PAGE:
Driving using your phone is illegal right? Wrong, well sort of.
What if you were driving along, filming the scene of an accident? Undoubtedly that constitutes as ‘using’ a mobile phone, you would have had to touch it, unlock it, and press the record button all while holding it up. It turns out that a recent high court ruling deems that as not using a mobile phone under the current wording of the law.
It all centres around Ramsey Barreto, a builder, who thought it would be a good idea to film the aftermath of a serious crash in Ruislip, north London. Isleworth Crown Court overturned the initial ruling of Barreto using his phone, netting him six points and a £200 fine. This was then taken to the High Court where they agreed that Ramsey was indeed not using his phone in the way the law is currently written, this is due to the fact that the wording states ‘interactive communication,’ i.e. calling or texting, filming with the camera does not constitute as this, so he got off scot-free.
The CPS argued the fact that the law prohibits any use of a handheld mobile phone, but judge Lady Justice Thirwall dismissed that argument, agreeing with Barreto’s lawyers.
This ruling is mostly down to outdated legislation, laws that are so rarely updated yet keep the country locked into the dark ages on occasion. Regulation 110, the law related to mobile phone use, was first introduced in 1986 and amended in 2003 to include the operation of a hand-held mobile phone. It states:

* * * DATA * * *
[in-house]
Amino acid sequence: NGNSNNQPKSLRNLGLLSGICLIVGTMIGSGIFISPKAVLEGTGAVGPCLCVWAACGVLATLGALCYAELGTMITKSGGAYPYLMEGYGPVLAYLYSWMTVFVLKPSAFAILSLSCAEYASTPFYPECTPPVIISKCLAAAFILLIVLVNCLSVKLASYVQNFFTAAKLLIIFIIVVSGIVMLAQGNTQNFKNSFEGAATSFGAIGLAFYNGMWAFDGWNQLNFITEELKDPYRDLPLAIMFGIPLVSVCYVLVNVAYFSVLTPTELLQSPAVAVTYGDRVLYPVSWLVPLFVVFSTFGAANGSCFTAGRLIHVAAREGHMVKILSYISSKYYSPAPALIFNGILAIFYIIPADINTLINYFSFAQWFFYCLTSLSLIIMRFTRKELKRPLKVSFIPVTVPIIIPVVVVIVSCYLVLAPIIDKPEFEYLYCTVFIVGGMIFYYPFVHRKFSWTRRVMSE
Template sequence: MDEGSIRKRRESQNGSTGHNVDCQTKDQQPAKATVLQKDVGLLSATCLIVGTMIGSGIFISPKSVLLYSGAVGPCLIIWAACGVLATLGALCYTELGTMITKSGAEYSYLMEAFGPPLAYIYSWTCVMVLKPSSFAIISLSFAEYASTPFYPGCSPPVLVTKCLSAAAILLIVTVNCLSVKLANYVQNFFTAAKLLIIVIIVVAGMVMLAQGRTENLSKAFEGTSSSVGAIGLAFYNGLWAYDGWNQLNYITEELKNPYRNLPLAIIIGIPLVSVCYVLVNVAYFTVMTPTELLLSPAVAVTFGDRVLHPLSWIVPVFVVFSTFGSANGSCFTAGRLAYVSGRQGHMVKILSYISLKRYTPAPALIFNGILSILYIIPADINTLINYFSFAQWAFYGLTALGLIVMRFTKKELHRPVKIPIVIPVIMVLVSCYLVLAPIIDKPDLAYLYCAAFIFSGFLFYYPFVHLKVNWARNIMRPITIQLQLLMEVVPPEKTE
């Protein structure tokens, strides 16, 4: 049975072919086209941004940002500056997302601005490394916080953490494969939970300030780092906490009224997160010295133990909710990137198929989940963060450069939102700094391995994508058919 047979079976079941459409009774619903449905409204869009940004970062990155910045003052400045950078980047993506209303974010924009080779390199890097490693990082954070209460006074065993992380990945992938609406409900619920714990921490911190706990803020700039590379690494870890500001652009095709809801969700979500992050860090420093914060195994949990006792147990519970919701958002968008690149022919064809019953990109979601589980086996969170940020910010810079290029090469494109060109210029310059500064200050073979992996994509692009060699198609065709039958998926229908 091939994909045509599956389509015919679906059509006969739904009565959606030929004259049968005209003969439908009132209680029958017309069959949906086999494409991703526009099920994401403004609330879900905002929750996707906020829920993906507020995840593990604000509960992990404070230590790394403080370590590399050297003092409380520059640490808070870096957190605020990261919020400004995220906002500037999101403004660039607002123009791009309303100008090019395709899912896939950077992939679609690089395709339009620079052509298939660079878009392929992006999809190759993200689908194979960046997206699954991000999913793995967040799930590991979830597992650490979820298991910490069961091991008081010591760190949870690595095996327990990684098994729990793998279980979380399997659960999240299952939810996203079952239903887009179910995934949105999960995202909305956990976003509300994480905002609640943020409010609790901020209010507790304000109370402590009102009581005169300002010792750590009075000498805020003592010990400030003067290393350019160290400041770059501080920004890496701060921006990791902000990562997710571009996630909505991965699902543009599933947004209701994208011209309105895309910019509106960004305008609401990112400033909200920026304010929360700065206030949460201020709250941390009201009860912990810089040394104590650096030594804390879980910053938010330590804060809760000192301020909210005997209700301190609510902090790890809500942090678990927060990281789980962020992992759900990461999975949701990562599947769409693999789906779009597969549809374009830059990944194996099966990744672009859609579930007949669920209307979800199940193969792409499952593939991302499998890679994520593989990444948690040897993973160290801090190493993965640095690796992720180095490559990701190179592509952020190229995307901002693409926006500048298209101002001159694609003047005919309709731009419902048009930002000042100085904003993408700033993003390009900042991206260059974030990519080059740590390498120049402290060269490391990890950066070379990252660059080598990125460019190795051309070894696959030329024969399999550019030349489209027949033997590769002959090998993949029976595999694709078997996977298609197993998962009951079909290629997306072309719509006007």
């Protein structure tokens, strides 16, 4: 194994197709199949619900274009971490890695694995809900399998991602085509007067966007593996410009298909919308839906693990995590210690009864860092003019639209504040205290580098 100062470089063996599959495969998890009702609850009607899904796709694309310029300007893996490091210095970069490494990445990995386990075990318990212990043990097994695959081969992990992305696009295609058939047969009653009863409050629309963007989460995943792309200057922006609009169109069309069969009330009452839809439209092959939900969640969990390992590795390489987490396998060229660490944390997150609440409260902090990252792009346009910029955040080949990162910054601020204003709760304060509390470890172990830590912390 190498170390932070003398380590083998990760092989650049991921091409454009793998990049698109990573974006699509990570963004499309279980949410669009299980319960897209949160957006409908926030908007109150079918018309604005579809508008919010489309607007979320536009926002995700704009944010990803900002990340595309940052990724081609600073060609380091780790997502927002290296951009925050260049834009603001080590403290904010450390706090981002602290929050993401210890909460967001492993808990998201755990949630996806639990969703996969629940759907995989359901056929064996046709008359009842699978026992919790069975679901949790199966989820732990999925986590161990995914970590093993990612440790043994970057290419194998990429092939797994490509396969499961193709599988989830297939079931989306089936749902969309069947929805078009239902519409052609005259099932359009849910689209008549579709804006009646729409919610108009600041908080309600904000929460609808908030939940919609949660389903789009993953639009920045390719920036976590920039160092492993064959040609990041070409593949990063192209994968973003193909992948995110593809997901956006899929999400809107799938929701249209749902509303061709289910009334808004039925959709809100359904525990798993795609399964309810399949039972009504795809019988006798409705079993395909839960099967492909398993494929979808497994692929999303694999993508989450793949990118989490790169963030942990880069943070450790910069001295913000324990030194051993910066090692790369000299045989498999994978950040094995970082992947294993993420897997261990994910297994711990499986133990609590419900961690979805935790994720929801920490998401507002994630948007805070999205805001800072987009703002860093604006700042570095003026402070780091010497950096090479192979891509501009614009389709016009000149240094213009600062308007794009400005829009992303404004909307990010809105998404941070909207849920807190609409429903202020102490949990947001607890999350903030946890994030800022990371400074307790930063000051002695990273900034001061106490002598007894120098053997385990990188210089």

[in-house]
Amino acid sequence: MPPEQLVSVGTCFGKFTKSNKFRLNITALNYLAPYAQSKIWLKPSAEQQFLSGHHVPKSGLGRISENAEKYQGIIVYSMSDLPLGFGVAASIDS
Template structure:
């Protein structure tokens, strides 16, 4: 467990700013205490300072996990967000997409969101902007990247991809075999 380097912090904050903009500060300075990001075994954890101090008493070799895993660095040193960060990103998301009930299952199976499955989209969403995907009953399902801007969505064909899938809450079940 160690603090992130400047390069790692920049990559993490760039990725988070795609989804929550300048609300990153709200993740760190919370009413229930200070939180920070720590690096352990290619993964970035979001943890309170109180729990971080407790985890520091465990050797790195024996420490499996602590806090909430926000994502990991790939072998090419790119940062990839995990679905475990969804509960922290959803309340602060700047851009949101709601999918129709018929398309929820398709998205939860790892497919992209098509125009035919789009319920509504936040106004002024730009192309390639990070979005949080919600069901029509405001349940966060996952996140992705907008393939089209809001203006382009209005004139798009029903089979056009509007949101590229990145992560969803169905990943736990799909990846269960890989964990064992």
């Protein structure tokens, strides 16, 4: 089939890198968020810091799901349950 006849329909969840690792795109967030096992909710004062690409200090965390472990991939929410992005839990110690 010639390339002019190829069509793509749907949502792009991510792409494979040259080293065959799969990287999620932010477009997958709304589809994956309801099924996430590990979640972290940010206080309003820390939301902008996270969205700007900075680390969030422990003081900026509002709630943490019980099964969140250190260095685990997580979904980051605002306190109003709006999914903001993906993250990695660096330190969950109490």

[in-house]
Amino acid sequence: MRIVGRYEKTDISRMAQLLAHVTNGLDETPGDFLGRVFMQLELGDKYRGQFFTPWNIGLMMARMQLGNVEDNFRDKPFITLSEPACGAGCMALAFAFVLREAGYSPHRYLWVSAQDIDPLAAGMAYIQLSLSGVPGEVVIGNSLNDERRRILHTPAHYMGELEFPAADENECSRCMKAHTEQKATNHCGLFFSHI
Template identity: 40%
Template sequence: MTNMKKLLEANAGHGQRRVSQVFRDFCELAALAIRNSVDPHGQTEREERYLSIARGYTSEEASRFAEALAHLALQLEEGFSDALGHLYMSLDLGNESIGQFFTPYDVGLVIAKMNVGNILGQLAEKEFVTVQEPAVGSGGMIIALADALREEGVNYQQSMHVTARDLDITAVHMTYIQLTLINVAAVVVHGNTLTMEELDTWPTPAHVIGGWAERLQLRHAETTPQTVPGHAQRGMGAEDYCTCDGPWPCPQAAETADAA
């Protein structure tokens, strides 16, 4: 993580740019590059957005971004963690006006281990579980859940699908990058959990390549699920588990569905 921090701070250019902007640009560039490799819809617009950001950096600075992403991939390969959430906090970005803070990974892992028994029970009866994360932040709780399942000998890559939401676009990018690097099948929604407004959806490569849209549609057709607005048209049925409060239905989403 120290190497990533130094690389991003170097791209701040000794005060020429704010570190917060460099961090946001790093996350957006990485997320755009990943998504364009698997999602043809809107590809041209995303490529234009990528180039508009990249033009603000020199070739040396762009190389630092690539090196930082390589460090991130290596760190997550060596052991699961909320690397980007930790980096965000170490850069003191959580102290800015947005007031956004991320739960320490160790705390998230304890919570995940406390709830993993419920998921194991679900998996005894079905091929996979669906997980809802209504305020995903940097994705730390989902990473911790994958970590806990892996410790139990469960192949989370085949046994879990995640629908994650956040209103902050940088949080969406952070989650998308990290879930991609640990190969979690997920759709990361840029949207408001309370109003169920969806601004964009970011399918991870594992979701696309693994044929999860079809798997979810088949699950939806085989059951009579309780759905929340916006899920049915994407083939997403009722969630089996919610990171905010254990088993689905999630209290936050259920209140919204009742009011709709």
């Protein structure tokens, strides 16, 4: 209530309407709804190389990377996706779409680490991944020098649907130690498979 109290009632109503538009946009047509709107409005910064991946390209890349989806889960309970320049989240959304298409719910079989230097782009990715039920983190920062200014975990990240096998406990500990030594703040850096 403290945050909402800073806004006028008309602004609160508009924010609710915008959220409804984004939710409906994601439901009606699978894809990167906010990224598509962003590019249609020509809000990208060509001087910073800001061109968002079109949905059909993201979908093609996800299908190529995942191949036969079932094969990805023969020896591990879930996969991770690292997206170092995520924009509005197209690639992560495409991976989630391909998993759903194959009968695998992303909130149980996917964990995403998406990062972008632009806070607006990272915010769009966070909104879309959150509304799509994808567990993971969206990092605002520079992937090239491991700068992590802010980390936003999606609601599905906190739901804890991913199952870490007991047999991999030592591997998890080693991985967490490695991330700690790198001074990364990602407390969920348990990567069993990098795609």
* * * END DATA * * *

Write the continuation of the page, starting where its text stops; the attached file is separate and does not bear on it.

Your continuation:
Regulation 110(6)(c) provides a non-exhaustive list of "interactive communication functions" such as: sending or receiving oral or written messages, sending or receiving facsimile documents, sending or receiving still or moving images, and providing access to the internet. As internet communication is included, the interaction does not therefore have to be with another person.
Therefore, in the word of the law, using a mobile phone as a camera or video recorder is legal, however morally dubious that is.
Old legislation like his clearly needs revisiting and urgently, that’s one reason why Lady Justice Thirwall dismissed the argument; to make a point that the law needs to be changed.
Any distraction when driving could possibly be lethal, even looking at the infotainment system for five seconds at 35 MPH means travelling the length of an aeroplane by the time your eyes are back on the road ahead. That’s without considering normal stopping distances, i.e. it takes twice as far to stop at 50 MPH as it does when travelling at 70 MPH.
Any handling of a mobile phone or any electronic device for that matter should be made illegal, not just when interacting with another person via the device. Without changing the law to reflect the vast leap in technology since 2003, a mockery will be made of the current system.
How many footballers are we now going to see claiming they were ‘filming’ themselves instead of texting or calling on their phones? The Barreto defence could soon be used throughout the land to get people out of points and a fine. A new legal grey area is just starting to emerge.
This could quickly be plugged though without a change, as motorists could still face being prosecuted with careless or even dangerous driving. Both can have far more severe consequences.
You only need to look around you in traffic to see the number of people who think it’s acceptable to message and drive. Humans aren’t great at multitasking at the best of times, doing so while in control of two tons of metal really isn’t a good idea. Your licence, life or an innocent person’s isn’t worth replying instantly. Think about it.